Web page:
Alwaght- In the shadow of the Al Khalifa monarchy, the rights of tens of thousands of Bahraini citizens continue to be violated with cover-up from the international community legitimizing the crackdown against the voices of freedom.
The Bahraini authorities have detained thousands of Bahrainis in recent years with hundreds of political prisoners lying in government jails. In a bid to muffle the voices calling for justice and rallies, the regime continues to detain political and religious figures in the kingdom, a blatant violation of freedom of speech.
The recent case of Sheikh Hasan Issa, a former MP of al-Wefaq opposition bloc who was detained by police, has impelled Federica Mogherini, the High Representative of the European Union for Foreign Affairs and Security Policy, to say that she is closely following his imprisonment and call on Manama to release all prisoners who were arrested for their political activism.
Earlier this year Amnesty International published a report in which it concluded that it “monitored human rights developments in Bahrain for many years but never more closely than in the past four years, which have seen widespread violations by government security forces. These have included torture and other ill-treatment of detainees, unfair trials, the imprisonment of prisoners of conscience and unlawful killings, with those responsible all too frequently escaping accountability.”
Since 2011 when a wave of protests broke out demanding freedom, equality, and an end to human rights violations in the kingdom the Manama regime has been implementing a no-mercy policy in dealing with dissidents.
Since the uprising was initiated, more than 100 protesters have been killed at the hands of Saudi-backed security forces, 500 individuals held prisoners of conscience, and over 3,000 others are in arbitrary detention, according to the Bahrain Centre for Human Rights.
Torture is one of the most controversial issues regarding Bahrain’s prisons. A recent report showed that at least 64 % of detainees have been tortured and a few have even died as a result.
On Monday, Human Rights Watch published newly-documented accounts of torture during interrogation. The report related the experiences of 10 detainees who said they have been mistreated at the hands of Bahraini official personnel.
The fact that Bahrain, Britain’s close ally, has been persecuting detainees damages the image that the UK has been trying to establish, that the Persian Gulf state reformed its policies and is holding accountability.
The latest HRW report, one of many, corroborated opposition accusations that the UK is overlooking these rights abuses. Britain has been defending Manama claiming it has funded reforms and accountability mechanisms. Yet, these so-called reforms are just for show.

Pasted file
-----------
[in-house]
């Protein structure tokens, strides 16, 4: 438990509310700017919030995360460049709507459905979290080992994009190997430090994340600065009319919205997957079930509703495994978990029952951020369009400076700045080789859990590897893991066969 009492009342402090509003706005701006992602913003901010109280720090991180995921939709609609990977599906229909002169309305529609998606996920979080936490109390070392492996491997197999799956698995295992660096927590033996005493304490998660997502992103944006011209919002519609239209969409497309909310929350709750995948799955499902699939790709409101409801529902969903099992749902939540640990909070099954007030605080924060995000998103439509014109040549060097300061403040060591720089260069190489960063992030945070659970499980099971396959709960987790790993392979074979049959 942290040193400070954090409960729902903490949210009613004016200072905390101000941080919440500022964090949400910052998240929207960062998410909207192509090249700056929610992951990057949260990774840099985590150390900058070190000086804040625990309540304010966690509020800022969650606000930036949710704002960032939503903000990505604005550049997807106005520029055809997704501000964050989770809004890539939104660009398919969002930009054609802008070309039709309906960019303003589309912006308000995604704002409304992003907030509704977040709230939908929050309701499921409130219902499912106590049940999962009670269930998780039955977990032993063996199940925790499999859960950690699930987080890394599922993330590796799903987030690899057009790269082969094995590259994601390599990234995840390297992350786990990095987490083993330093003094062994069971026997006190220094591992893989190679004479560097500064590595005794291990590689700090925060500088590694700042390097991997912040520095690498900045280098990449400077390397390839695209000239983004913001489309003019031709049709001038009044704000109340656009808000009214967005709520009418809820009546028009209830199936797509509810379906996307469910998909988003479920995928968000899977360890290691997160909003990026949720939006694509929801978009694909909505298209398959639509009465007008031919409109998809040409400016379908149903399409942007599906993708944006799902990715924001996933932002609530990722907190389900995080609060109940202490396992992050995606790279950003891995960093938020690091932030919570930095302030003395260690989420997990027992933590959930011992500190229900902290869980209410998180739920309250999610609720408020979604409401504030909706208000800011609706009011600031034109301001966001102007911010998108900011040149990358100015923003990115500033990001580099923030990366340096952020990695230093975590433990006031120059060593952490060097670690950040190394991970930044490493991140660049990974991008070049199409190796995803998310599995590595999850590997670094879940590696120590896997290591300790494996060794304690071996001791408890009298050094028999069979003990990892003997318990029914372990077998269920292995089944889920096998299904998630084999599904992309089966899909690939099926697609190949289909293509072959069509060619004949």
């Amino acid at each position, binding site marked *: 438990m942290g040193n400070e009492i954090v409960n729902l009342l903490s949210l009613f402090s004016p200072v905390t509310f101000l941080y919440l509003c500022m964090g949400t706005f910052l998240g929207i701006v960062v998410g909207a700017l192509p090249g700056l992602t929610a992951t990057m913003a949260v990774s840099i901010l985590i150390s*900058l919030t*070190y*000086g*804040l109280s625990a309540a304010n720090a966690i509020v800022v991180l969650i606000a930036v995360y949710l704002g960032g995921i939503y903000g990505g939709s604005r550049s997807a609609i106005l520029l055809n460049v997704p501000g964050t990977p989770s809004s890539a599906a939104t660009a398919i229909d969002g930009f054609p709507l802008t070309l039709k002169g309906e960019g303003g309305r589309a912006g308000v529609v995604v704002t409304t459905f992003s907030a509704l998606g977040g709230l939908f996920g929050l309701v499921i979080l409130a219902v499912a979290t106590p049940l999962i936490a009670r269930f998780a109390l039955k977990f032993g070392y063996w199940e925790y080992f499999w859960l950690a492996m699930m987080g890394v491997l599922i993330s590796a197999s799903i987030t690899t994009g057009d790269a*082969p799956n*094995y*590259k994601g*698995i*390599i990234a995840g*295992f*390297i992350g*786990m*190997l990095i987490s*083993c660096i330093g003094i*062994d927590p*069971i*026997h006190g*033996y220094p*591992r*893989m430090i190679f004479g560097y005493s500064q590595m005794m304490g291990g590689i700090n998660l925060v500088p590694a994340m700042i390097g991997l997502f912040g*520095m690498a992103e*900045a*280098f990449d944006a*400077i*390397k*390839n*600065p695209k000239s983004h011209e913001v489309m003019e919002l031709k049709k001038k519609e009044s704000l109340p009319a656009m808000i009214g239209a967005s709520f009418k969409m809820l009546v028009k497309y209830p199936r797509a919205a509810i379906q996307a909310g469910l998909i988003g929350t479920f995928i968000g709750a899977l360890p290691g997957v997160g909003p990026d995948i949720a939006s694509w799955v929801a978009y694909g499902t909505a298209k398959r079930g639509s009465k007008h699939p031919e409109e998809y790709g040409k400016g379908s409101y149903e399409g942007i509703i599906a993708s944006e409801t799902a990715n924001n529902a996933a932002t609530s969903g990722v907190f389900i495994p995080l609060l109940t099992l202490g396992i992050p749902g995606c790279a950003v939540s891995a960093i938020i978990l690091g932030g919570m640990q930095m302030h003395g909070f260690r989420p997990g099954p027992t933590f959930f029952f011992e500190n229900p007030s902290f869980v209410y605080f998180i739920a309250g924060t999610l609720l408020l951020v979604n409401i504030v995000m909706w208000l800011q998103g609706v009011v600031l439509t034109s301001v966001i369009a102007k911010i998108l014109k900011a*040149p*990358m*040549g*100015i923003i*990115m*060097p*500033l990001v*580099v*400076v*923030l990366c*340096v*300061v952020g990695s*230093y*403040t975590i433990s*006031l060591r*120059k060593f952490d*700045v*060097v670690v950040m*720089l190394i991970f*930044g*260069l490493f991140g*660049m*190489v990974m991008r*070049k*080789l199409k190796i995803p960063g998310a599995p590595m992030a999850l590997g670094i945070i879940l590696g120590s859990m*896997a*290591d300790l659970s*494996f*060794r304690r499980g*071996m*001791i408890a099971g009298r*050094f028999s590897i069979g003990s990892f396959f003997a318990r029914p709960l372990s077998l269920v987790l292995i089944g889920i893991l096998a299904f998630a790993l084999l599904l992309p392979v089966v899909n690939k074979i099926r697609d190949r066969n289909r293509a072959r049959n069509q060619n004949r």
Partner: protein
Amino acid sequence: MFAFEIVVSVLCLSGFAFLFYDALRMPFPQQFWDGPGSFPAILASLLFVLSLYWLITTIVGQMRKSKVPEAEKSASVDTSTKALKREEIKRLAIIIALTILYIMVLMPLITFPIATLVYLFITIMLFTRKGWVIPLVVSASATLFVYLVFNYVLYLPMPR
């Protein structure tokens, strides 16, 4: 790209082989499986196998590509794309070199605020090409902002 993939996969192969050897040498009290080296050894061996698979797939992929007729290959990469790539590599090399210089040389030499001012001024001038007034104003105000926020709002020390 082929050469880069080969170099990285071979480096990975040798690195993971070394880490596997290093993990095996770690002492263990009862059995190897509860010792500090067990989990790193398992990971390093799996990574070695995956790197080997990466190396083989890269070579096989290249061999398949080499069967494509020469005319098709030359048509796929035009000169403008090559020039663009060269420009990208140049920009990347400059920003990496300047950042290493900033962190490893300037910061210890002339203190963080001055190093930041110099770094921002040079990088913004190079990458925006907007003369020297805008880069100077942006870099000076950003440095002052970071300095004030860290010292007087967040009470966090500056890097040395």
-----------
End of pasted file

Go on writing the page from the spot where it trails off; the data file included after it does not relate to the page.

Joe Stork, the deputy Middle East director at Human Rights Watch, said: “The claims of Bahrain and its allies that authorities have ended torture in detention are simply not credible. All the available evidence supports the conclusion that these new institutions have not effectively tackled what the Bici report described as a ‘culture of impunity’ among security forces.”
This comes just three weeks after the foreign secretary, Philip Hammond, inaugurated a new Royal Navy facility, the first permanent British military base in the region in four decades as the two countries share strong trade and investment ties.
Yet, not only is the UK endorsing the Al Khalifa regime politically but is also cooperating with it on the “security” and “intelligence” levels.
Neighbouring Saudi Arabia, on the other hand, has been more forward about the Bahrain predicament. Its forces have openly entered Bahrain to assist its Persian Gulf ally in suppressing pro-democracy movements.
Riyadh’s double standards, nonetheless, are obvious. In Syria, it is funding terrorist groups who began the war under the banner of democracy as they sought to topple Syrian President Bashar Assad. In Bahrain, Saudi Arabia has taken upon itself the task of stifling the calls for democracy.
The proximity of Bahrain to Saudi Arabia is a source of concern for Riyadh which also violates human rights within its borders.
A 2015 Human Rights Watch report summarized the human rights situation in the kingdom stating: “Saudi Arabia continued in 2014 to try, convict, and imprison political dissidents and human rights activists solely on account of their peaceful activities. Systematic discrimination against women and religious minorities continued. Authorities failed to enact systematic measures to protect the rights of 9 million foreign workers. As in past years, authorities subjected hundreds of people to unfair trials and arbitrary detention. New anti-terrorism regulations that took effect in 2014 can be used to criminalize almost any form of peaceful criticism of the authorities as terrorism.”
This is why a successful revolution in Bahrain would inspire one in Saudi Arabia, where the Wahhabi rule cannot afford to lose grip on power.
Yet, as long as Manama continues to hide behind international and regional powers such as the UK and Saudi Arabia, and as long as these countries- in turn- prioritize their interests over human rights causes, Bahrain will continue its crackdown on protesters while evading culpability.